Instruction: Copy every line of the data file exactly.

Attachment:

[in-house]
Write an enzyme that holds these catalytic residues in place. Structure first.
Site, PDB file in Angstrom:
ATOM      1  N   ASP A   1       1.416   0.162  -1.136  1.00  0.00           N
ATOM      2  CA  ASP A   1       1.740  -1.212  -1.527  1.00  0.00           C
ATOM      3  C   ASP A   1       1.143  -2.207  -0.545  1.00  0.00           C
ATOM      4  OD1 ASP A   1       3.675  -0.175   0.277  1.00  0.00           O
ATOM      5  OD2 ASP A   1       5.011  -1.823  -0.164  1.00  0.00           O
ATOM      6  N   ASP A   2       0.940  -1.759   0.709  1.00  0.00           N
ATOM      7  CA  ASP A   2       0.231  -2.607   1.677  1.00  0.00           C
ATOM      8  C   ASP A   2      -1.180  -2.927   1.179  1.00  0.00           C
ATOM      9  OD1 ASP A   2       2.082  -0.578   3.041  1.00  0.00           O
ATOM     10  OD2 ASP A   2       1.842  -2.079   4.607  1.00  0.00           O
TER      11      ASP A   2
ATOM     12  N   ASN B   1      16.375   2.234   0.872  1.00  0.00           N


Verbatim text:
[in-house]
Write an enzyme that holds these catalytic residues in place. Structure first.
Site, PDB file in Angstrom:
ATOM      1  N   ASP A   1       1.416   0.162  -1.136  1.00  0.00           N
ATOM      2  CA  ASP A   1       1.740  -1.212  -1.527  1.00  0.00           C
ATOM      3  C   ASP A   1       1.143  -2.207  -0.545  1.00  0.00           C
ATOM      4  OD1 ASP A   1       3.675  -0.175   0.277  1.00  0.00           O
ATOM      5  OD2 ASP A   1       5.011  -1.823  -0.164  1.00  0.00           O
ATOM      6  N   ASP A   2       0.940  -1.759   0.709  1.00  0.00           N
ATOM      7  CA  ASP A   2       0.231  -2.607   1.677  1.00  0.00           C
ATOM      8  C   ASP A   2      -1.180  -2.927   1.179  1.00  0.00           C
ATOM      9  OD1 ASP A   2       2.082  -0.578   3.041  1.00  0.00           O
ATOM     10  OD2 ASP A   2       1.842  -2.079   4.607  1.00  0.00           O
TER      11      ASP A   2
ATOM     12  N   ASN B   1      16.375   2.234   0.872  1.00  0.00           N